In August 2019, the College Board announced it was launching a program providing higher education institutions with “context about students’ high schools and neighborhoods when making admissions decisions.” In August 2019, the College Board announced it was launching “Landscape,” a program providing higher education institutions with “context about students’ high schools and neighborhoods when making admissions decision.” Landscape collects and organizes data into three categories—basic high school data, such as school locale, test score comparison, and high school and neighborhood indicators—that offers insight into high schools and neighborhoods. Among these indicators are quintessential measures of socioeconomic status, including college attendance, household structure, median family income, housing stability, education levels, and crime rate. To provide admissions officials with “more consistent background information so they can fairly consider every student, no matter where they live and learn,” these six indicators are averaged and presented on a 1–100 scale for both a student’s high school and neighborhood. A higher score represents a “higher level of challenge related to educational opportunities and outcomes”; a lower score indicates less of a challenge in attaining academic success.
This Note addresses potential Fourteenth Amendment challenges to the new Landscape profile. Although the College Board’s efforts are laudable, Landscape raises several constitutional questions because of its socioeconomic classification system and similarity to past affirmative action programs that were challenged on Equal Protection grounds. Before turning to these issues, Part I provides a descriptive overview of Landscape and discusses the program’s origin, evolution, and methodology. Part I concludes by summarizing the prevailing criticisms of Landscape’s rating system, which some have called an “adversity score.”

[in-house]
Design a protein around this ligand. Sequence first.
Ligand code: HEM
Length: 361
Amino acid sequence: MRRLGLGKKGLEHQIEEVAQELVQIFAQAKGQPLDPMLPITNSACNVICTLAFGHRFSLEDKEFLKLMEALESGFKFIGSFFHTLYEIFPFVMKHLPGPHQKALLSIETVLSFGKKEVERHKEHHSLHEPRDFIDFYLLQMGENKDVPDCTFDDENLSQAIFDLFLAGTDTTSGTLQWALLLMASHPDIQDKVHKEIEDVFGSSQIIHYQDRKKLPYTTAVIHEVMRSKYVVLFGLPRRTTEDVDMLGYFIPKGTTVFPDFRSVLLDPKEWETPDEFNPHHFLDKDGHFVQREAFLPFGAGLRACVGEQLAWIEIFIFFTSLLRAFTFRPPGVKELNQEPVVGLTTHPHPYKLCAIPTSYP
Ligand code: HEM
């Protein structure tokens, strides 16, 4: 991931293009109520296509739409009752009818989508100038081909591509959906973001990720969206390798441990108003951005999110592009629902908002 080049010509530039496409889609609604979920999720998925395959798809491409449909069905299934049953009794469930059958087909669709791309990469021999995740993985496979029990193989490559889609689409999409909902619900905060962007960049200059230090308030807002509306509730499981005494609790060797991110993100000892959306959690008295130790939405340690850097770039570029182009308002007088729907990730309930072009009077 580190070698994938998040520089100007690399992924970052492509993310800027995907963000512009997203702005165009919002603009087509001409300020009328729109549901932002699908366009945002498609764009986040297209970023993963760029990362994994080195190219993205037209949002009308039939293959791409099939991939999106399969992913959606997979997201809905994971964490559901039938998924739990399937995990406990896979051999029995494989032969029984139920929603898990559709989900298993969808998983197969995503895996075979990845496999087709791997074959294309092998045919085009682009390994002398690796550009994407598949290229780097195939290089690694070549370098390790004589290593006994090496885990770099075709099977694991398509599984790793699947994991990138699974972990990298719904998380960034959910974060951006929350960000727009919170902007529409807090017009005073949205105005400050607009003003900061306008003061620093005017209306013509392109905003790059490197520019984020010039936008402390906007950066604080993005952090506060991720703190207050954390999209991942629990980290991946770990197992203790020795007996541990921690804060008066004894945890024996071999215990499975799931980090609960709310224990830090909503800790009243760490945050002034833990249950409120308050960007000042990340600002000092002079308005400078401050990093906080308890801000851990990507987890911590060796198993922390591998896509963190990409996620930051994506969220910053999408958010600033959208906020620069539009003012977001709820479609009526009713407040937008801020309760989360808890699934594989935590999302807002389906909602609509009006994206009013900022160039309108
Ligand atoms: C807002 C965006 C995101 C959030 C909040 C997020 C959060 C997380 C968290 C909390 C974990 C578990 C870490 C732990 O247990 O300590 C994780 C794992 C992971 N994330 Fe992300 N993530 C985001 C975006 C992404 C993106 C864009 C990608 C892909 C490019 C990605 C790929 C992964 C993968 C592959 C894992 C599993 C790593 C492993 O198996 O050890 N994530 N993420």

Part II then offers a snapshot of modern Equal Protection jurisprudence, which follows the oft-cited three-tiered framework of strict scrutiny, intermediate scrutiny, and rational basis review. Thereafter, Part II surveys the development of affirmative action in higher education, beginning with the landmark Regents of the University of California v. Bakke decision. Notably, almost all affirmative action cases since Bakke have involved race and therefore have triggered strict scrutiny, including the recently-decided Fisher v. University of Texas at Austin case. However, several legal scholars suggest class-based affirmative action programs, which account for socioeconomic disadvantage, could instead receive rational basis review.
After building on the necessary factual and legal background in Parts I and II, Part III turns to the threshold requirement in any Fourteenth Amendment Equal Protection analysis, and assesses whether the College Board, a private not-for-profit organization, functions as a state actor because of its virtual monopoly over the college admissions process. This Note argues that, under the “entwinement test” established in Brentwood Academy v. Tennessee Secondary School Athletic Association, the College Board functions as a state actor because publicly-funded institutions have historically developed an “entangled” relationship with the College Board.
Part IV evaluates the constitutionality of Landscape under the Equal Protection Clause, and argues rational basis review is appropriate because Landscape uses indicators that depend heavily on socioeconomic classifications. Alternatively, if Landscape is framed in terms of geographic locale, courts would still apply rational basis review. Next, this Note contends that the College Board has a legitimate interest in providing schools with consistent data reflective of students’ socioeconomic upbringing because the Supreme Court of the United States previously held diversity in higher education is a compelling interest. Finally, despite criticism that Landscape is both underinclusive and overinclusive, this Note concludes that the program is rationally related to its proffered end.